Electrochemical Killing of Streptococcus mutans Causing Dental Caries

Hiroko Yokouchi, Mina Okochi, Haruko Takeyama, Tadashi Matsunaga

Research output: Contribution to journalArticle


Streptococcus mutans is a major etiological agent causing dental carries and produces water-insoluble extracellular polysaccharide, glucan, for their adhesion to tooth surfaces. Electrochemical oxidation was applied to kill S. mutans cells. An oxidative peak current appeared at around 0.9 V vs. SCE in cyclic voltammogram of S. mutans cells on a membrane. Survival ratio of S. mutans cells attached on the electrode decreased by applying potentials above the anodic peak. All of the S. mutans cells aggregated with glucan on the electrode were killed when a constant potential of 1.2 V was applied for 10 min. Since physical treatment is not always efficient and chemical regimes are limited, the electrochemical killing will be an alternative mean for plaque reduction.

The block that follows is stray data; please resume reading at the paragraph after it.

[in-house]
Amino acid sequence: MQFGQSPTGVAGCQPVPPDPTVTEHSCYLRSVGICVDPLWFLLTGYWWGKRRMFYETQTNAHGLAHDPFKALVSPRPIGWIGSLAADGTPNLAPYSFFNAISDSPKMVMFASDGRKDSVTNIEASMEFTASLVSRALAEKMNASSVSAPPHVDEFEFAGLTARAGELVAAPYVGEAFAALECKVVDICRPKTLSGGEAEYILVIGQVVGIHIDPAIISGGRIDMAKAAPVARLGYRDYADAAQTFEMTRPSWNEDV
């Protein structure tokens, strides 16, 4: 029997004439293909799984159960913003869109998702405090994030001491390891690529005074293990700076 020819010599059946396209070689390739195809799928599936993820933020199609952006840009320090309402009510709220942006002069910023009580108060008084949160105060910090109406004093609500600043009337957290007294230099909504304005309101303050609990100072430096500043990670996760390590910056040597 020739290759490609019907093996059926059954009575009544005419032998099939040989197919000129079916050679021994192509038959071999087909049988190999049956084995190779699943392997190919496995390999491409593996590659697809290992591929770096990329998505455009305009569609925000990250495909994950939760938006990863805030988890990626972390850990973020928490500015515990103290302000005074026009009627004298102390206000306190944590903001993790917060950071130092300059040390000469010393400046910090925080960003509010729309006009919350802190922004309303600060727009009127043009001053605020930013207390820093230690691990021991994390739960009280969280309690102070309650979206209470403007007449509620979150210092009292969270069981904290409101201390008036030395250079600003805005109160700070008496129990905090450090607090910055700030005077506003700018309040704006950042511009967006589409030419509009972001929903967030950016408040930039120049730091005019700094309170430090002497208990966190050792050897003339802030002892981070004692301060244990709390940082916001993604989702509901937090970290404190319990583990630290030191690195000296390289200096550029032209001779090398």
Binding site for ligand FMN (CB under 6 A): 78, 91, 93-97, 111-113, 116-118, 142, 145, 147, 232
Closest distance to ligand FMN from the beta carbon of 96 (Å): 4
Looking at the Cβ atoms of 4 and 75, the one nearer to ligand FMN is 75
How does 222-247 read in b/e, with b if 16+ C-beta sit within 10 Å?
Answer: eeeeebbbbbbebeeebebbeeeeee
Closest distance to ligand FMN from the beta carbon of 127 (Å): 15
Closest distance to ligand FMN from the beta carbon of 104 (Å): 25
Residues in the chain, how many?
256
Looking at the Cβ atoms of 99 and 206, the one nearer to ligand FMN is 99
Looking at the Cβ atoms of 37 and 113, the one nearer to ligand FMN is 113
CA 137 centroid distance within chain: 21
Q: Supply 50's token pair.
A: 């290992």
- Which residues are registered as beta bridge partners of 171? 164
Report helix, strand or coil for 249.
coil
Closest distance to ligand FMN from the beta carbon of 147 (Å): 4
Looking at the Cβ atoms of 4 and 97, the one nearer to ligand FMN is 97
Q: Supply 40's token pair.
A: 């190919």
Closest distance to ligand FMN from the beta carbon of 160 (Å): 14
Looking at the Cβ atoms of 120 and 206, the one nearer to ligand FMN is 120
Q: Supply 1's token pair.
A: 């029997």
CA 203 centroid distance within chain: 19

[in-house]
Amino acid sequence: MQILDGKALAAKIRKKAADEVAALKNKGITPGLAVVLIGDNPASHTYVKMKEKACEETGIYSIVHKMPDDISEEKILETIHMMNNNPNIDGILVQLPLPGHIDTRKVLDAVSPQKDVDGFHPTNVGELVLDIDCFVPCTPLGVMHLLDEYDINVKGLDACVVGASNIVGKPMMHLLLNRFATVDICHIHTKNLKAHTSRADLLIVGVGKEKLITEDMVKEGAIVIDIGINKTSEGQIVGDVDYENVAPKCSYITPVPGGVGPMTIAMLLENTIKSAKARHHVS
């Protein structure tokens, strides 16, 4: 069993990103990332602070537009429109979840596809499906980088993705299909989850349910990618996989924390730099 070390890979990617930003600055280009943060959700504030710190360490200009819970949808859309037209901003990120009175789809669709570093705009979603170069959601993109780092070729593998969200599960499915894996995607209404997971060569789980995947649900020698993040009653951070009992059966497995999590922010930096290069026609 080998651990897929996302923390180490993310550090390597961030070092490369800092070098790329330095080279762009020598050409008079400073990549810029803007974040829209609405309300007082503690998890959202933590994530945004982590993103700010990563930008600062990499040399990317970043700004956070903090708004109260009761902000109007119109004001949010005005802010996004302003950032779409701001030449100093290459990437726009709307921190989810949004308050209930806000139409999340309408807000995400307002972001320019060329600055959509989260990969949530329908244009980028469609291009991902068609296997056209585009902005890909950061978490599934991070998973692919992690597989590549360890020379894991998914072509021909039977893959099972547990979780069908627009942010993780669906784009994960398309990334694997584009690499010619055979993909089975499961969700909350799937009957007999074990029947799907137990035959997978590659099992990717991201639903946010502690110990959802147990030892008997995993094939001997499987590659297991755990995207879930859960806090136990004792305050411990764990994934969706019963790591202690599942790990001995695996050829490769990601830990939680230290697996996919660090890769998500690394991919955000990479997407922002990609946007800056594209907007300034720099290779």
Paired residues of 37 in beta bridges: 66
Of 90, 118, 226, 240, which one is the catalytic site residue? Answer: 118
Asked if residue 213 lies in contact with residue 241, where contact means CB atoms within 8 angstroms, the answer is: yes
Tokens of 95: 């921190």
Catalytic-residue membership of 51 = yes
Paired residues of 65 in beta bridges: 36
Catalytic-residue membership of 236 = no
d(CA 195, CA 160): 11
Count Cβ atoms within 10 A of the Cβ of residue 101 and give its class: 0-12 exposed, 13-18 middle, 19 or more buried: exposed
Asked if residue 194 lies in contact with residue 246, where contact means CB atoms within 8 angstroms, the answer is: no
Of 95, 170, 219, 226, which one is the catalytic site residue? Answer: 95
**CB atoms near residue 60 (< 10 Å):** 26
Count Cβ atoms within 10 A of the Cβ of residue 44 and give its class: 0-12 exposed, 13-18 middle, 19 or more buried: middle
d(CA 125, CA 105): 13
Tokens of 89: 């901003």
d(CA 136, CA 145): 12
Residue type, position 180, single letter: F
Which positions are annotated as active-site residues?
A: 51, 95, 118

Original languageEnglish
Pages (from-to)875-877
Number of pages3
Issue number11
Publication statusPublished - 2000 Nov 1
Externally publishedYes


  • Aggregation
  • Dental Plaque
  • Electrochemical Killing
  • Streptococcus mutans

ASJC Scopus subject areas

  • Electrochemistry

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  • Cite this

    Yokouchi, H., Okochi, M., Takeyama, H., & Matsunaga, T. (2000). Electrochemical Killing of Streptococcus mutans Causing Dental Caries. Electrochemistry, 68(11), 875-877.